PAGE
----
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Industry Focus - with Lindsay Richards

Industry Focus - with Lindsay Richards

Focus on…

Career steps with Chartered Building Engineer and Chartered Quantity Surveyor Lindsay Richards BSc MBA C.Build E MCABE…

Q.      What is your current role and how long have you been in the position?

A.        I am Managing Director of the Richards Partnership Ltd, an engineering and surveying practice established in 2005 and based in south Wales. I also lecture part-time.

Q.      What route did you take to your current role?

A.        I attained a BTEC Higher National Certificate qualification (BTEC HNC) in Land Surveying and Cartography, studying part-time whilst working in a surveying department within a local authority. I completed a ‘thick sandwich’ BSc degree in Quantity Surveying, which took 4 years, with the third year spent in practice which was invaluable!

I completed a professional journal for a total of three years, which had to include experience in a wide range of areas.

I then sat my test of professional competence through the Royal Institution of Chartered Surveyors (RICS), which was a problem-solving, work-based scenario over a period of 48 hours, covering all aspects of quantity surveying. This led to me achieving chartered status through the RICS. I later joined the Chartered Association of Building Engineers (CABE) as I liked the diversity of membership.

Q.       Was this role a career aim for you from the outset?

A.        This was not the path I initially intended to follow after my BTEC HNC, however, the subject areas covered during my studies were really interesting to me. I knew that I wanted a career in construction but was unsure which option to take.

I soon saw that the role of a quantity surveyor is quite diverse and it is possible to follow a range of different routes once qualified. In addition to understanding construction technology – the components that make up a building – there is a need to understand economics and the effect of supply and demand when offering financial advice and offering cost comparisons.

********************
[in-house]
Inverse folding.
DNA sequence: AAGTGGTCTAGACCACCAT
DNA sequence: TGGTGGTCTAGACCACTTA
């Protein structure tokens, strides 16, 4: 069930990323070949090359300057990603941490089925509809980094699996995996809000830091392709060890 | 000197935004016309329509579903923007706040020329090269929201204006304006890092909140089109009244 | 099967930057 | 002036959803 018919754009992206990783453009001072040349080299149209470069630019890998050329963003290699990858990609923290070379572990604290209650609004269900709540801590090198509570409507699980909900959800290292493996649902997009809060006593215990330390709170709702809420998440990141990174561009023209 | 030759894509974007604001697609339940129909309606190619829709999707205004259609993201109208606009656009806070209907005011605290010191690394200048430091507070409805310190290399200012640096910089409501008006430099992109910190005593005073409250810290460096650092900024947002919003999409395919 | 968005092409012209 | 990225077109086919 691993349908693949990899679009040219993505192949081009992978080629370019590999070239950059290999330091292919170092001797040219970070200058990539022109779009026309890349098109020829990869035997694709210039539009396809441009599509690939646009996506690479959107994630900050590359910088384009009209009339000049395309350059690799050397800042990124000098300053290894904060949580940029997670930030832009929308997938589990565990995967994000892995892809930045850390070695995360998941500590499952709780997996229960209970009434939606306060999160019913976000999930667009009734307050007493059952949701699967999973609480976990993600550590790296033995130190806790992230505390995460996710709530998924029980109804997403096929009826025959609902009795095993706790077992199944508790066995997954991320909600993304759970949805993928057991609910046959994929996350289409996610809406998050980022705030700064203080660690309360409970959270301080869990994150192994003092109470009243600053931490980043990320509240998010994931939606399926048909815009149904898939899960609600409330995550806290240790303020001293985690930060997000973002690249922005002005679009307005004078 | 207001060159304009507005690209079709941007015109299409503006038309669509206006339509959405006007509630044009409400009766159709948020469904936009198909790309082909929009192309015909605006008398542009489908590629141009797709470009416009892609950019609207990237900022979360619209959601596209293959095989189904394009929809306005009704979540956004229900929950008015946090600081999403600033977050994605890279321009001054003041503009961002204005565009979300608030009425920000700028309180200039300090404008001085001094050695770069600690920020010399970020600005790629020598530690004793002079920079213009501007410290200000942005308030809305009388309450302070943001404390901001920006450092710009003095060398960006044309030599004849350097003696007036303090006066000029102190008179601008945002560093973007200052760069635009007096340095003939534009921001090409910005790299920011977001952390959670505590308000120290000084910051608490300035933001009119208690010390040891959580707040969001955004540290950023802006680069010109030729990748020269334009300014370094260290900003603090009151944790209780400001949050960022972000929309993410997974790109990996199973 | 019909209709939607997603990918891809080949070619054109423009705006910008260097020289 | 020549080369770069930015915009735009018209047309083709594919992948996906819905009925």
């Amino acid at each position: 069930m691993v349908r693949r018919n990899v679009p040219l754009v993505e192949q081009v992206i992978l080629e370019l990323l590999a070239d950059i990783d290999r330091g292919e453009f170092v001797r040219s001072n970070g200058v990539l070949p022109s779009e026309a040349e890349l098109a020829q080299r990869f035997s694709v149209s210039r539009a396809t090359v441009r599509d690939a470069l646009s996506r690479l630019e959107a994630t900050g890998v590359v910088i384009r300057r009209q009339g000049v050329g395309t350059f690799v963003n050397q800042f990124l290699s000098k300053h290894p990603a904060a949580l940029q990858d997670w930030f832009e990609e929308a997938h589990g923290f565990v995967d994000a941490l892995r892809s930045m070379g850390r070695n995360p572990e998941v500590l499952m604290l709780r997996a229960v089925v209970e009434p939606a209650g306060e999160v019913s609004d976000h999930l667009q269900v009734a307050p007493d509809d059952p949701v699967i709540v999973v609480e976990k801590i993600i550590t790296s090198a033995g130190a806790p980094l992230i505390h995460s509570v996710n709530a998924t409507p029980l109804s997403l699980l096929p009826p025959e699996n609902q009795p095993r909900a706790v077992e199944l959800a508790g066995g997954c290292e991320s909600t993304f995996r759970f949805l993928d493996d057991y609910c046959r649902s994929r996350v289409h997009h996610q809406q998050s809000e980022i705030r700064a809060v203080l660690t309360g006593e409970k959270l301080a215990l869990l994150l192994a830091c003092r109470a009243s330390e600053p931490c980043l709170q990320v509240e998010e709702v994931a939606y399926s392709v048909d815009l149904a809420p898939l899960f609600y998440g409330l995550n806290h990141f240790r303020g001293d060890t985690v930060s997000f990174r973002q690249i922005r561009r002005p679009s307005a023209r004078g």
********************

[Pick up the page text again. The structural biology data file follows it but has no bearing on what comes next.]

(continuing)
Quite a lot of my role is handling disputes, so understanding contract law and the contractual obligations between parties within construction is really important and extremely interesting. I’m yet to work on a project where cost wasn’t important, so the quantity surveyor role is intrinsic to the construction process, from cost-planning to final account and sometimes operational management.

Q.       Did/do you have a mentor? Do you have any key advice for today’s jobseekers?

A.        I was very fortunate to have a mentor in my first job after graduating, who offered guidance as I stepped into the world of surveying. Not everyone needs a set mentor as such though, often the people that we meet within the industry as we progress can be really helpful. It’s useful to speak to peers about the details of their role and build up your understanding of what their day-to-day work entails.

Q.      Are there any other positions in the construction sector that appeal to you, or that you would like to venture into one day?

A.        I’m really fortunate, as I have been able to fulfil my career plan fully, and, excitingly, have worked on a variety of projects in several different countries.

Now that I think about it, I might have enjoyed working in Australia, which has a very similar process to the UK for quantity surveying but with less inclement weather!

Further guidance:

  • Lindsay completed a “thick sandwich degree” – in the UK, this is understood to be a four-year undergraduate course that forms part of a Bachelor’s degree, or a five-year postgraduate course that is part of a Master’s. Both combine academic study with a work placement. To find more on higher education options, see
  • Lindsay mentions her membership of two organisations, CABE and RICS – both are professional bodies offering services to members that support career development and competency across the construction industry. Discover more on how these organisations could help you, at all stages of your career journey, at and
  • According to LinkedIn, construction technology “refers to the tools, techniques and equipment used in the actual building process.” To understand the particulars of the quantity surveyor role further, see